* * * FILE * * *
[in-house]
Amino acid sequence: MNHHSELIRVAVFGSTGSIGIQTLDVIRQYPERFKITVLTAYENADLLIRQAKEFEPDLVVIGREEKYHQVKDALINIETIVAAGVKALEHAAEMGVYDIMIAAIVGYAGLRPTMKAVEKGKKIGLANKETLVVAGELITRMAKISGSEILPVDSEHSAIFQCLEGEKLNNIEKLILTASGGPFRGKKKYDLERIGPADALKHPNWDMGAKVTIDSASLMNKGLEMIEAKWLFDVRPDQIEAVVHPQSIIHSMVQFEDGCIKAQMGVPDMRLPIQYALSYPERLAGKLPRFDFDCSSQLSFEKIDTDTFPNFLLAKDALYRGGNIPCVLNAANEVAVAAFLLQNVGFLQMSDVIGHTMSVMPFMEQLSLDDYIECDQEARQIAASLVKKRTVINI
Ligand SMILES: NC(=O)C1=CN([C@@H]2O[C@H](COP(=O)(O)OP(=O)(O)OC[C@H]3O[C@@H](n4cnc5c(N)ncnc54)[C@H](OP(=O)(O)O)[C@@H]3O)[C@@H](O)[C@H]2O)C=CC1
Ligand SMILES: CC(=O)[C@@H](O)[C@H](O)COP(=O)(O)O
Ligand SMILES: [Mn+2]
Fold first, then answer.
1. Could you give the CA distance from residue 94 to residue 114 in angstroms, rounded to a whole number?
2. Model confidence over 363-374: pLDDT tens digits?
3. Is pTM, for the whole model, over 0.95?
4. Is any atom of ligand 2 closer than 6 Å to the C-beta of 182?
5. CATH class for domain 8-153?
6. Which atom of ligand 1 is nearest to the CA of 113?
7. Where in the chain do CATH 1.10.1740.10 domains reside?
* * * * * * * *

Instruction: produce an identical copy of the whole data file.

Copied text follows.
[in-house]
Amino acid sequence: MNHHSELIRVAVFGSTGSIGIQTLDVIRQYPERFKITVLTAYENADLLIRQAKEFEPDLVVIGREEKYHQVKDALINIETIVAAGVKALEHAAEMGVYDIMIAAIVGYAGLRPTMKAVEKGKKIGLANKETLVVAGELITRMAKISGSEILPVDSEHSAIFQCLEGEKLNNIEKLILTASGGPFRGKKKYDLERIGPADALKHPNWDMGAKVTIDSASLMNKGLEMIEAKWLFDVRPDQIEAVVHPQSIIHSMVQFEDGCIKAQMGVPDMRLPIQYALSYPERLAGKLPRFDFDCSSQLSFEKIDTDTFPNFLLAKDALYRGGNIPCVLNAANEVAVAAFLLQNVGFLQMSDVIGHTMSVMPFMEQLSLDDYIECDQEARQIAASLVKKRTVINI
Ligand SMILES: NC(=O)C1=CN([C@@H]2O[C@H](COP(=O)(O)OP(=O)(O)OC[C@H]3O[C@@H](n4cnc5c(N)ncnc54)[C@H](OP(=O)(O)O)[C@@H]3O)[C@@H](O)[C@H]2O)C=CC1
Ligand SMILES: CC(=O)[C@@H](O)[C@H](O)COP(=O)(O)O
Ligand SMILES: [Mn+2]
Fold first, then answer.
1. Could you give the CA distance from residue 94 to residue 114 in angstroms, rounded to a whole number?
2. Model confidence over 363-374: pLDDT tens digits?
3. Is pTM, for the whole model, over 0.95?
4. Is any atom of ligand 2 closer than 6 Å to the C-beta of 182?
5. CATH class for domain 8-153?
6. Which atom of ligand 1 is nearest to the CA of 113?
7. Where in the chain do CATH 1.10.1740.10 domains reside?